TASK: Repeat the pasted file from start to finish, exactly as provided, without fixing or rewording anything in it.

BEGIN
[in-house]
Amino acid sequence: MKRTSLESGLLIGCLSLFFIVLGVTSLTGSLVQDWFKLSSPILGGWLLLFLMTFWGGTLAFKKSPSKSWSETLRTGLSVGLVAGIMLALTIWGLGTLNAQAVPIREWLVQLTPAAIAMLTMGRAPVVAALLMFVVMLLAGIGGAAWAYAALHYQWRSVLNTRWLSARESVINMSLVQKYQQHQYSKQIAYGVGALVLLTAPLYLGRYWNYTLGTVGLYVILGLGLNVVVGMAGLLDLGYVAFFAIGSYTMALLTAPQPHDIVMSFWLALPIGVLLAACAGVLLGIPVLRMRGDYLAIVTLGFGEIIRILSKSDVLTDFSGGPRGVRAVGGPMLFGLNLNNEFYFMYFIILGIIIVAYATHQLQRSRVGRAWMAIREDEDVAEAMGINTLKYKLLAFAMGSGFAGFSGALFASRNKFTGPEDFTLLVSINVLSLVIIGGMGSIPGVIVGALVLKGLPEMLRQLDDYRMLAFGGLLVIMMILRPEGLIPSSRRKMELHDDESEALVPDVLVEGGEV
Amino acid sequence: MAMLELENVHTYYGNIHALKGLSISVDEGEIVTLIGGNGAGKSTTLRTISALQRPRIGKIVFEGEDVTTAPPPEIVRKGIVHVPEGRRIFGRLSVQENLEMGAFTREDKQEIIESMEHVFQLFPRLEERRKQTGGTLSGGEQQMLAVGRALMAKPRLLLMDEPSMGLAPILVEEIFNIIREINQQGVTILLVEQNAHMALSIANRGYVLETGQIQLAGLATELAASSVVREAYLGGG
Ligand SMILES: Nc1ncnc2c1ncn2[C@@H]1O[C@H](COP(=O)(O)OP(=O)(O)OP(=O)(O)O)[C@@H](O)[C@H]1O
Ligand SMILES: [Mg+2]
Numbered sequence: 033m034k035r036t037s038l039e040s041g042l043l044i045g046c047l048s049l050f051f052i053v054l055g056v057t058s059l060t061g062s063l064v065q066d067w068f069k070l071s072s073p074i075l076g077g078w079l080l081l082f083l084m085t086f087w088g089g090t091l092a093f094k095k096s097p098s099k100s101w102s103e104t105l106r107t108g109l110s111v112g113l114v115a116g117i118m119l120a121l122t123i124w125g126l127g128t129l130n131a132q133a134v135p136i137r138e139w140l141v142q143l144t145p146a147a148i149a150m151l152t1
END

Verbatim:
[in-house]
Amino acid sequence: MKRTSLESGLLIGCLSLFFIVLGVTSLTGSLVQDWFKLSSPILGGWLLLFLMTFWGGTLAFKKSPSKSWSETLRTGLSVGLVAGIMLALTIWGLGTLNAQAVPIREWLVQLTPAAIAMLTMGRAPVVAALLMFVVMLLAGIGGAAWAYAALHYQWRSVLNTRWLSARESVINMSLVQKYQQHQYSKQIAYGVGALVLLTAPLYLGRYWNYTLGTVGLYVILGLGLNVVVGMAGLLDLGYVAFFAIGSYTMALLTAPQPHDIVMSFWLALPIGVLLAACAGVLLGIPVLRMRGDYLAIVTLGFGEIIRILSKSDVLTDFSGGPRGVRAVGGPMLFGLNLNNEFYFMYFIILGIIIVAYATHQLQRSRVGRAWMAIREDEDVAEAMGINTLKYKLLAFAMGSGFAGFSGALFASRNKFTGPEDFTLLVSINVLSLVIIGGMGSIPGVIVGALVLKGLPEMLRQLDDYRMLAFGGLLVIMMILRPEGLIPSSRRKMELHDDESEALVPDVLVEGGEV
Amino acid sequence: MAMLELENVHTYYGNIHALKGLSISVDEGEIVTLIGGNGAGKSTTLRTISALQRPRIGKIVFEGEDVTTAPPPEIVRKGIVHVPEGRRIFGRLSVQENLEMGAFTREDKQEIIESMEHVFQLFPRLEERRKQTGGTLSGGEQQMLAVGRALMAKPRLLLMDEPSMGLAPILVEEIFNIIREINQQGVTILLVEQNAHMALSIANRGYVLETGQIQLAGLATELAASSVVREAYLGGG
Ligand SMILES: Nc1ncnc2c1ncn2[C@@H]1O[C@H](COP(=O)(O)OP(=O)(O)OP(=O)(O)O)[C@@H](O)[C@H]1O
Ligand SMILES: [Mg+2]
Numbered sequence: 033m034k035r036t037s038l039e040s041g042l043l044i045g046c047l048s049l050f051f052i053v054l055g056v057t058s059l060t061g062s063l064v065q066d067w068f069k070l071s072s073p074i075l076g077g078w079l080l081l082f083l084m085t086f087w088g089g090t091l092a093f094k095k096s097p098s099k100s101w102s103e104t105l106r107t108g109l110s111v112g113l114v115a116g117i118m119l120a121l122t123i124w125g126l127g128t129l130n131a132q133a134v135p136i137r138e139w140l141v142q143l144t145p146a147a148i149a150m151l152t1